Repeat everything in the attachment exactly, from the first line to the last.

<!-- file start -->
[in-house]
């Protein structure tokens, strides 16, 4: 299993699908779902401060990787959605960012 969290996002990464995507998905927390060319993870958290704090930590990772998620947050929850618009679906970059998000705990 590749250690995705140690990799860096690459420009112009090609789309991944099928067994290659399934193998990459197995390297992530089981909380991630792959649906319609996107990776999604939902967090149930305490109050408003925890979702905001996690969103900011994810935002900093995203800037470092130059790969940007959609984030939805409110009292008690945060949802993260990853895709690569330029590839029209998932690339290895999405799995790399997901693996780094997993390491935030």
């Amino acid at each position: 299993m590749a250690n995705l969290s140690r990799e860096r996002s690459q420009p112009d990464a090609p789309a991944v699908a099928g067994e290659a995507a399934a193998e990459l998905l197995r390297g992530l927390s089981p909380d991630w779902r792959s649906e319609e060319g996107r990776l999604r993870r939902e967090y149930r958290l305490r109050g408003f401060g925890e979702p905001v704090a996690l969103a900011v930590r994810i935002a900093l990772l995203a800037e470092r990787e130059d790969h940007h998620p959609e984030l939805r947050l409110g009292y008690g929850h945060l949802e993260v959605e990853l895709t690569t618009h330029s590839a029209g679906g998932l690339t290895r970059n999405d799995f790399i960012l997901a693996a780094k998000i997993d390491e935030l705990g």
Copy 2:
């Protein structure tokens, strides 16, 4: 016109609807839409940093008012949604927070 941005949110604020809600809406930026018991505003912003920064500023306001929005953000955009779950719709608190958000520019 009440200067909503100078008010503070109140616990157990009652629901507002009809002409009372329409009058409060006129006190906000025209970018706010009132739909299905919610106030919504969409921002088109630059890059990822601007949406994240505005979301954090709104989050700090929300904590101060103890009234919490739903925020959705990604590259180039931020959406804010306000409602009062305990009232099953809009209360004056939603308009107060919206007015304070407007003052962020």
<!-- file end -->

[in-house]
């Protein structure tokens, strides 16, 4: 299993699908779902401060990787959605960012 969290996002990464995507998905927390060319993870958290704090930590990772998620947050929850618009679906970059998000705990 590749250690995705140690990799860096690459420009112009090609789309991944099928067994290659399934193998990459197995390297992530089981909380991630792959649906319609996107990776999604939902967090149930305490109050408003925890979702905001996690969103900011994810935002900093995203800037470092130059790969940007959609984030939805409110009292008690945060949802993260990853895709690569330029590839029209998932690339290895999405799995790399997901693996780094997993390491935030």
């Amino acid at each position: 299993m590749a250690n995705l969290s140690r990799e860096r996002s690459q420009p112009d990464a090609p789309a991944v699908a099928g067994e290659a995507a399934a193998e990459l998905l197995r390297g992530l927390s089981p909380d991630w779902r792959s649906e319609e060319g996107r990776l999604r993870r939902e967090y149930r958290l305490r109050g408003f401060g925890e979702p905001v704090a996690l969103a900011v930590r994810i935002a900093l990772l995203a800037e470092r990787e130059d790969h940007h998620p959609e984030l939805r947050l409110g009292y008690g929850h945060l949802e993260v959605e990853l895709t690569t618009h330029s590839a029209g679906g998932l690339t290895r970059n999405d799995f790399i960012l997901a693996a780094k998000i997993d390491e935030l705990g």
Copy 2:
């Protein structure tokens, strides 16, 4: 016109609807839409940093008012949604927070 941005949110604020809600809406930026018991505003912003920064500023306001929005953000955009779950719709608190958000520019 009440200067909503100078008010503070109140616990157990009652629901507002009809002409009372329409009058409060006129006190906000025209970018706010009132739909299905919610106030919504969409921002088109630059890059990822601007949406994240505005979301954090709104989050700090929300904590101060103890009234919490739903925020959705990604590259180039931020959406804010306000409602009062305990009232099953809009209360004056939603308009107060919206007015304070407007003052962020």